Checking the Telegraph's wind-farm front page

Do we really subsidise each wind farm job for £100,000?

The Carbon Brief takes a look at the Sunday Telegraph's front page story revealing "the true cost of windfarms" (apparently £100,000 a job):

In an attempt to create a media-friendly top-line figure, the Sunday Telegraph appears to have relied on high-end estimates for how much it costs - and a somewhat pared down estimate for the number of jobs generated.

The numbers are quite shonky at every stage; for instance, the data the Telegraph used over-estimated the cost of a renewables obligation certificate, over-estimated the number of certificates issued, and ignored thousands of jobs in related industries (including jobs manufacturing wind turbines, which seems like a pretty fair thing to incude).

But the more important point is the one dropped in at the bottom of Carbon Brief's piece: dividing the (calculated) £1.2 billion in subsidies by the number of jobs ignores the fact that we like wind farms because, you know, they help prevent climate change. Obviously if you think that climate change is a massive scam – or if you think, as the Sunday Telegraph does, that it would only be worth fighting "in an ideal world" – then that's not great value for money.

On top of that, there's the fact that the subsidy doesn't just go to paying for jobs. It also goes to building wind farms, a fact which seems to get glossed over in the Telegraph piece. For instance, when "just 2,235" are "directly employed" to work on Scotland's 203 windfarms, subsidised with £344m of public money, one way of looking at that is that we're spending £154,000 per job. Another, better way of looking at it is that we're pumping most of the money into the long-lasting infrastructure, in the plan of tapering off government support as the technology improves. Because that's what we're actually doing.

It's like when you have to pay £200 for a plumber and £800 for the boiler they're going to fit. You could argue that the plumber's paid £1000 for the job. But you'd be wrong.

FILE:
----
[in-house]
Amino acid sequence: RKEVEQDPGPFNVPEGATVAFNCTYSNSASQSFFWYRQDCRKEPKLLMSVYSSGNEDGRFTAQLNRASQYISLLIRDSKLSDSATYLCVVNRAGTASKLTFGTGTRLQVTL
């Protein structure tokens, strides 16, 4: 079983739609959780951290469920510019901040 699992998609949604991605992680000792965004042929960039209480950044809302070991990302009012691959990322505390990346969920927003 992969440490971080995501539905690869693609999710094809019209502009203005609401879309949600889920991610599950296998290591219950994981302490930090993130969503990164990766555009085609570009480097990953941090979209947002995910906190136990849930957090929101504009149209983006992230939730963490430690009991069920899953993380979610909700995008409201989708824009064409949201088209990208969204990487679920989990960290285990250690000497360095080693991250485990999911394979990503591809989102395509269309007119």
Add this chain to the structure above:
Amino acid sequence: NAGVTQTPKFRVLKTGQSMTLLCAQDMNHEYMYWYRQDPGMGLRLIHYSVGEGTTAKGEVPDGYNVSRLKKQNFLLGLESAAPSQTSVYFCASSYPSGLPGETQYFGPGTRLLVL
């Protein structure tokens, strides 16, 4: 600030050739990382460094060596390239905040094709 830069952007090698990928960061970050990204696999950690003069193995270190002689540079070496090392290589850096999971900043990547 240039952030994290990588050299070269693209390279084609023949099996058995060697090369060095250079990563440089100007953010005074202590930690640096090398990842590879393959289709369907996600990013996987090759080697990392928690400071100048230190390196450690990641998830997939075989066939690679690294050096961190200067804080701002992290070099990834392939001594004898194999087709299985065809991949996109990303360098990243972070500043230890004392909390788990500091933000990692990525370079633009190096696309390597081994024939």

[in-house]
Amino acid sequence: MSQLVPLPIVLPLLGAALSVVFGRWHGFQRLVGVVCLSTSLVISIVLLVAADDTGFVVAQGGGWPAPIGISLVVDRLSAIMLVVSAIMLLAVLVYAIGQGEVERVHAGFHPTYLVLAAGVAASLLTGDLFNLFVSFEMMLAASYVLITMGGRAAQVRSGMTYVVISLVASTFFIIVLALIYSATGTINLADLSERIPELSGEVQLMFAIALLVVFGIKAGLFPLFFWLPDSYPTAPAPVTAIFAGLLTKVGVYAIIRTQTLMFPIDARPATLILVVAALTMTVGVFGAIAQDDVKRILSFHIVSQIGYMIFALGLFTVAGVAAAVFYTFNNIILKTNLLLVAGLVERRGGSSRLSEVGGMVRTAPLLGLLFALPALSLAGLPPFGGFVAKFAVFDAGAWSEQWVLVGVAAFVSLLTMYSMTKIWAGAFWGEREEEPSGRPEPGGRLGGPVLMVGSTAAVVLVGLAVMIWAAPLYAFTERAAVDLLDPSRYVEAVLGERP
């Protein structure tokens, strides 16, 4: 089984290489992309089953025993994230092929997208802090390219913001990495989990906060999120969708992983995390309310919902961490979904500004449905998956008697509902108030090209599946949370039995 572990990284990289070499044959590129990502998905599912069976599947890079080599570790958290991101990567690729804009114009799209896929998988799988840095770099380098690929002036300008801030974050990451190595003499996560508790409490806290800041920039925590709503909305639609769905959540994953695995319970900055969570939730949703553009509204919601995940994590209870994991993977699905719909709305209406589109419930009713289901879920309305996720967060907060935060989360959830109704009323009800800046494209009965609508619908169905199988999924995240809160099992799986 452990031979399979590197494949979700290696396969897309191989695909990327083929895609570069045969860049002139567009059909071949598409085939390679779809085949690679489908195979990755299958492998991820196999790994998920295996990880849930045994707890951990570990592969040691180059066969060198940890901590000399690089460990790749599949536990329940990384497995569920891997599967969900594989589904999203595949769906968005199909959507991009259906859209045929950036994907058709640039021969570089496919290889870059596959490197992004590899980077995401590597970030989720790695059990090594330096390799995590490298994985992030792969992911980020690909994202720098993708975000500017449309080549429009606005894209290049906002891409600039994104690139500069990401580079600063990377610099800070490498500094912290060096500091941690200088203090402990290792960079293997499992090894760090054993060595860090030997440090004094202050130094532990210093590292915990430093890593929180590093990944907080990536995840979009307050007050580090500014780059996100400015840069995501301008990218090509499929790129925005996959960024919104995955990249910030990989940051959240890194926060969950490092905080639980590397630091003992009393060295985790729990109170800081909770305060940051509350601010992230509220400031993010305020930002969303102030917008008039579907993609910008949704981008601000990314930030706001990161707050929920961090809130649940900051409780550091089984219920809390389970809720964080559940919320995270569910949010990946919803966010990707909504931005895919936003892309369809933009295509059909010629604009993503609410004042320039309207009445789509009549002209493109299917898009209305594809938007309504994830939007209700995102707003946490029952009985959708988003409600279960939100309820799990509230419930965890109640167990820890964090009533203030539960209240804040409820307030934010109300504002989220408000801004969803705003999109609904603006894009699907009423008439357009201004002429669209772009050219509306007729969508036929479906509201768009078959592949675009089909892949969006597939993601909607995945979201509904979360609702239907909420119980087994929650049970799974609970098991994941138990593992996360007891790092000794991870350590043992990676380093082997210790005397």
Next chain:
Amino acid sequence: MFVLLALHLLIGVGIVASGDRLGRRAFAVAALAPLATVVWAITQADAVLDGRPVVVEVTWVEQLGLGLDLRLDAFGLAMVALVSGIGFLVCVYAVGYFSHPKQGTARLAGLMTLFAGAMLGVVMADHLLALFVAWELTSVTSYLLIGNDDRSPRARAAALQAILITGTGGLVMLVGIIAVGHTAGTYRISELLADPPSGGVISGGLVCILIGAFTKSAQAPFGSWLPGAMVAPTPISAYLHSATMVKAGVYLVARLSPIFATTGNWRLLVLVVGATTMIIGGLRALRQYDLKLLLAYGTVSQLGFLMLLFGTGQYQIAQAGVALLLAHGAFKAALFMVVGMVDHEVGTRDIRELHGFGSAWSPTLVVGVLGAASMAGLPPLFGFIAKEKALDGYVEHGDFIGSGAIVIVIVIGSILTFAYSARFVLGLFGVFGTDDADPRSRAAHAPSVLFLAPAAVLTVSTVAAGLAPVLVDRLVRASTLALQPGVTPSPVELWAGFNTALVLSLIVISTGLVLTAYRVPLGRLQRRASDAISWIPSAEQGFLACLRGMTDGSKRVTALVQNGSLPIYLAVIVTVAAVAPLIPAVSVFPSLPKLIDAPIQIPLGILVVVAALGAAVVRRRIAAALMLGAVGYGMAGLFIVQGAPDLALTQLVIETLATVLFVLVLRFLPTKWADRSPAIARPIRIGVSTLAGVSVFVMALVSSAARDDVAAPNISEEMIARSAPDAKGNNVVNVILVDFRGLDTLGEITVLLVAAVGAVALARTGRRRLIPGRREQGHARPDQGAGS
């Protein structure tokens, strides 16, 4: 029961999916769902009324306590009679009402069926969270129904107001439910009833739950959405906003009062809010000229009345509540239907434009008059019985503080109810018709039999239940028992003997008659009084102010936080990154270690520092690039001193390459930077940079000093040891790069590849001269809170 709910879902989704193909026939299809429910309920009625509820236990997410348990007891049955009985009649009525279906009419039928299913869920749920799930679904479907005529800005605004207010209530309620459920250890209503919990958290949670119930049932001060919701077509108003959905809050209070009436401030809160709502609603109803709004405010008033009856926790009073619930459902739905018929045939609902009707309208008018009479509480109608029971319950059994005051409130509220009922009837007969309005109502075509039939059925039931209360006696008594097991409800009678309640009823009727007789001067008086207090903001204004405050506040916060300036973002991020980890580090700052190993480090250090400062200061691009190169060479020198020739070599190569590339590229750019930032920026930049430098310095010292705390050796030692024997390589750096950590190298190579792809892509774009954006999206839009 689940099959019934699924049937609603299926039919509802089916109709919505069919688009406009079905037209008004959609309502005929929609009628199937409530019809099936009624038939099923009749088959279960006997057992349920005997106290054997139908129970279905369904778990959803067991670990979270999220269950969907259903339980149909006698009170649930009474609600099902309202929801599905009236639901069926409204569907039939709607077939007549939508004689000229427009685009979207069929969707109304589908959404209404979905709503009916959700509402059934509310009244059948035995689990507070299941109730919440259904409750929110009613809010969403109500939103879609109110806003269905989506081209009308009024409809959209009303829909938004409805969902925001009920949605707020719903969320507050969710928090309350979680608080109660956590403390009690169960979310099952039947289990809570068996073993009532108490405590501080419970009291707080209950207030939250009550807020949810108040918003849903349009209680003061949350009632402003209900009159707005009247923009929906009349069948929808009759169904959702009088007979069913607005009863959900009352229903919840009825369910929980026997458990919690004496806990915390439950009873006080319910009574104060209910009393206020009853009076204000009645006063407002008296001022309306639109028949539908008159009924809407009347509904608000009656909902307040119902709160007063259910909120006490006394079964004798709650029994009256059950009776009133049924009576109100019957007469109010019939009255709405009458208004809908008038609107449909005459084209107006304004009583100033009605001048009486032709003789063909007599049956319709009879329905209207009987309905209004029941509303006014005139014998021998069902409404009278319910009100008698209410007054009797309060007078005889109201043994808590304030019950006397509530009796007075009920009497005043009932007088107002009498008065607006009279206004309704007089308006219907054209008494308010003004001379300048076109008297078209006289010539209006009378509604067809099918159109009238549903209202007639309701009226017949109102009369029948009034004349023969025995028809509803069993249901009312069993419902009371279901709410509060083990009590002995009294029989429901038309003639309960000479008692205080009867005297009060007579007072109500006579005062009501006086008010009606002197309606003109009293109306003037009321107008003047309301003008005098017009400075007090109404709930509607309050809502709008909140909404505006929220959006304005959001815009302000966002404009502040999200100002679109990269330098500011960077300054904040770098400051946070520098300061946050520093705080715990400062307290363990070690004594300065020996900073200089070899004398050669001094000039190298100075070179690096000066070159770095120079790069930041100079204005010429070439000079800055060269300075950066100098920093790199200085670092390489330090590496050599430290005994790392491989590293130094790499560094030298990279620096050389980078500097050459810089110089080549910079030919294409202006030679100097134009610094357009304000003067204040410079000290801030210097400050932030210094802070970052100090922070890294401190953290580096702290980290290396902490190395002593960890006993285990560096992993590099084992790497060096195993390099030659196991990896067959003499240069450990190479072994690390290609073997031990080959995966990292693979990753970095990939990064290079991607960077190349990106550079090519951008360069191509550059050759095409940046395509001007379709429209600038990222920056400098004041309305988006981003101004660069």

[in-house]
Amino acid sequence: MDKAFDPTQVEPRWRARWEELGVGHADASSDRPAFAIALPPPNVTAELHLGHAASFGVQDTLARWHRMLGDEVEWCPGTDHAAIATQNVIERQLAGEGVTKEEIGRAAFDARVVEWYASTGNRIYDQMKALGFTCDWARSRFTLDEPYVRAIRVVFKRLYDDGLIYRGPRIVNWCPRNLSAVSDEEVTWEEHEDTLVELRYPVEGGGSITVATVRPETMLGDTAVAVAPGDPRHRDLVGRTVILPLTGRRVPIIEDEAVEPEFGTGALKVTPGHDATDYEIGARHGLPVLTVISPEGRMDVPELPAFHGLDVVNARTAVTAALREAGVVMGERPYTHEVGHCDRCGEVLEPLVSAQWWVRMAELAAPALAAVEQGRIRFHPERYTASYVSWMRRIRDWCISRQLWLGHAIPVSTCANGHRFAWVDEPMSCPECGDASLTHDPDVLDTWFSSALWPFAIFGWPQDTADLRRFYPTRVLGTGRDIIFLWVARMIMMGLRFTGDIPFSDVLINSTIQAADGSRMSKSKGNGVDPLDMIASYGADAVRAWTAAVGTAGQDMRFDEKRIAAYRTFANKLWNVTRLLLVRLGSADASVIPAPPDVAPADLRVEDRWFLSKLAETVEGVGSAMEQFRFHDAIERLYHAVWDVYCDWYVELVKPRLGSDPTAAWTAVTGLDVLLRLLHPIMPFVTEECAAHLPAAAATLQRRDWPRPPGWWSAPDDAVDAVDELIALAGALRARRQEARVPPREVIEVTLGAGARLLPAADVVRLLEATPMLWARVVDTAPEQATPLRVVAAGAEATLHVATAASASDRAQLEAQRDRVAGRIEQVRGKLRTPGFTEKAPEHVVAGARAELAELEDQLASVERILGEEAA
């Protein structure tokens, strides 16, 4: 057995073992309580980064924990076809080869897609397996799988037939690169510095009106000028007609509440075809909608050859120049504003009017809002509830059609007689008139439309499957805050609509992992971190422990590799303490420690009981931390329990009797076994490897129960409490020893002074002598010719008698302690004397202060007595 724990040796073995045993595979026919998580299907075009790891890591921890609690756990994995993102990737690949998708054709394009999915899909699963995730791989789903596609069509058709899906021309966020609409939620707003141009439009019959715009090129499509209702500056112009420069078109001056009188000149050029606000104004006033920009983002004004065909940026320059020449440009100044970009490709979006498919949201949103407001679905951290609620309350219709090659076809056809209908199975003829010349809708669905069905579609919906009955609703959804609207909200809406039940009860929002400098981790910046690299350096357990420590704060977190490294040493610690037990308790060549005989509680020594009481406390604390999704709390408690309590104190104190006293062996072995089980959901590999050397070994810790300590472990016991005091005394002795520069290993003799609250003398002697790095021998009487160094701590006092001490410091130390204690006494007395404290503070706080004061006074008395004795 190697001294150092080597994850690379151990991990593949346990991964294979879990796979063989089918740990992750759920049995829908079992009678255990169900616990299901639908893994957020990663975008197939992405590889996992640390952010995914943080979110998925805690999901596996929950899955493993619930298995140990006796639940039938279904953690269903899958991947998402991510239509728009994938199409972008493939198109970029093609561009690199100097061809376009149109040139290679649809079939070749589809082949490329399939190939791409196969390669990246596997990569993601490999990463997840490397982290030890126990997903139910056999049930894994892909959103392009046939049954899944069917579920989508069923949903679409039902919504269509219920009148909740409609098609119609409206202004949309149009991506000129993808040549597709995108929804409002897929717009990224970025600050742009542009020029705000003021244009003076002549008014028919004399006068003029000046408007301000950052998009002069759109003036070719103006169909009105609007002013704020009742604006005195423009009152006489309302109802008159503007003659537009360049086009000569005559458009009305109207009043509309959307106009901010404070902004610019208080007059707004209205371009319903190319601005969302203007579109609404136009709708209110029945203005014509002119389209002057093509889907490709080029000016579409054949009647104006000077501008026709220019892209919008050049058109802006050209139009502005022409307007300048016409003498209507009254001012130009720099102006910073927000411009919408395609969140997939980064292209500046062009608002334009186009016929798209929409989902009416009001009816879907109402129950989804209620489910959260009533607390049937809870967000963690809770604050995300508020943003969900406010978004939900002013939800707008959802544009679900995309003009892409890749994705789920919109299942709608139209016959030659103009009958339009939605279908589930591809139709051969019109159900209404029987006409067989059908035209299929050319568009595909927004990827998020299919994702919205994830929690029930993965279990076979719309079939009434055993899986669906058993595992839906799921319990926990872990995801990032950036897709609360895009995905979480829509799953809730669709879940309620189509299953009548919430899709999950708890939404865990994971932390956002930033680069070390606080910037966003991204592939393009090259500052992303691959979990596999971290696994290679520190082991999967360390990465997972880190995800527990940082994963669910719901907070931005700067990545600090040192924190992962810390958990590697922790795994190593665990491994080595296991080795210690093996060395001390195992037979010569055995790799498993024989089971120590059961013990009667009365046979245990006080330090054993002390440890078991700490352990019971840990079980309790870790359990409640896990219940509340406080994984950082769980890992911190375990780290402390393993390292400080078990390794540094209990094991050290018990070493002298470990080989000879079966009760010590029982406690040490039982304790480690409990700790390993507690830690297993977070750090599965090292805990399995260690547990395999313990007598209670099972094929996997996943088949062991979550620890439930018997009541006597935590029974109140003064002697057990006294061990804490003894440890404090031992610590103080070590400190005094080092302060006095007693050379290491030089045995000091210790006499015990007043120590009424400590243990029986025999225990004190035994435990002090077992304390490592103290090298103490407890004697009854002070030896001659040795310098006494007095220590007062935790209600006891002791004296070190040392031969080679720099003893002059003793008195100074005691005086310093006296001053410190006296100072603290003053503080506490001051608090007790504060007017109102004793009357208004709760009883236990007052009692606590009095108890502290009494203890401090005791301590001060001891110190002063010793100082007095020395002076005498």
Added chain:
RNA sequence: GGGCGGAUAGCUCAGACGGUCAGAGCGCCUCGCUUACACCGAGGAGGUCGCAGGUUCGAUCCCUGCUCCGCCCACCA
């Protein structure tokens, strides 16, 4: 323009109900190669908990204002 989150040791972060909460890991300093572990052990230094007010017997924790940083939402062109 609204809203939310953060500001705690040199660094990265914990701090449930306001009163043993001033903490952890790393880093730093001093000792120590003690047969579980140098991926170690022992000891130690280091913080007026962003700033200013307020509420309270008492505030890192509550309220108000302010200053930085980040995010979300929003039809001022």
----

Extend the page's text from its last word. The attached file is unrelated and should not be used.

Regardless of how you measure it, it's still better value for money than the £4.3bn (and increasing) support sent to fossil fuels. It's one thing to support technologies like fracking on the basis that they provide cheap energy; but it's quite another to spend billions on them over clean supplies. Presumably coming to a Telegraph front page near you soon, yes?

Some wind turbines. Photograph: Getty Images

Alex Hern is a technology reporter for the Guardian. He was formerly staff writer at the New Statesman. You should follow Alex on Twitter.

Ukip's Nigel Farage and Paul Nuttall. Photo: Getty
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Is the general election 2017 the end of Ukip?

Ukip led the way to Brexit, but now the party is on less than 10 per cent in the polls. 

Ukip could be finished. Ukip has only ever had two MPs, but it held an outside influence on politics: without it, we’d probably never have had the EU referendum. But Brexit has turned Ukip into a single-issue party without an issue. Ukip’s sole remaining MP, Douglas Carswell, left the party in March 2017, and told Sky News’ Adam Boulton that there was “no point” to the party anymore. 

Not everyone in Ukip has given up, though: Nigel Farage told Peston on Sunday that Ukip “will survive”, and current leader Paul Nuttall will be contesting a seat this year. But Ukip is standing in fewer constituencies than last time thanks to a shortage of both money and people. Who benefits if Ukip is finished? It’s likely to be the Tories. 

Is Ukip finished? 

What are Ukip's poll ratings?

Ukip’s poll ratings peaked in June 2016 at 16 per cent. Since the leave campaign’s success, that has steadily declined so that Ukip is going into the 2017 general election on 4 per cent, according to the latest polls. If the polls can be trusted, that’s a serious collapse.

Can Ukip get anymore MPs?

In the 2015 general election Ukip contested nearly every seat and got 13 per cent of the vote, making it the third biggest party (although is only returned one MP). Now Ukip is reportedly struggling to find candidates and could stand in as few as 100 seats. Ukip leader Paul Nuttall will stand in Boston and Skegness, but both ex-leader Nigel Farage and donor Arron Banks have ruled themselves out of running this time.

How many members does Ukip have?

Ukip’s membership declined from 45,994 at the 2015 general election to 39,000 in 2016. That’s a worrying sign for any political party, which relies on grassroots memberships to put in the campaigning legwork.

What does Ukip's decline mean for Labour and the Conservatives? 

The rise of Ukip took votes from both the Conservatives and Labour, with a nationalist message that appealed to disaffected voters from both right and left. But the decline of Ukip only seems to be helping the Conservatives. Stephen Bush has written about how in Wales voting Ukip seems to have been a gateway drug for traditional Labour voters who are now backing the mainstream right; so the voters Ukip took from the Conservatives are reverting to the Conservatives, and the ones they took from Labour are transferring to the Conservatives too.

Ukip might be finished as an electoral force, but its influence on the rest of British politics will be felt for many years yet. 

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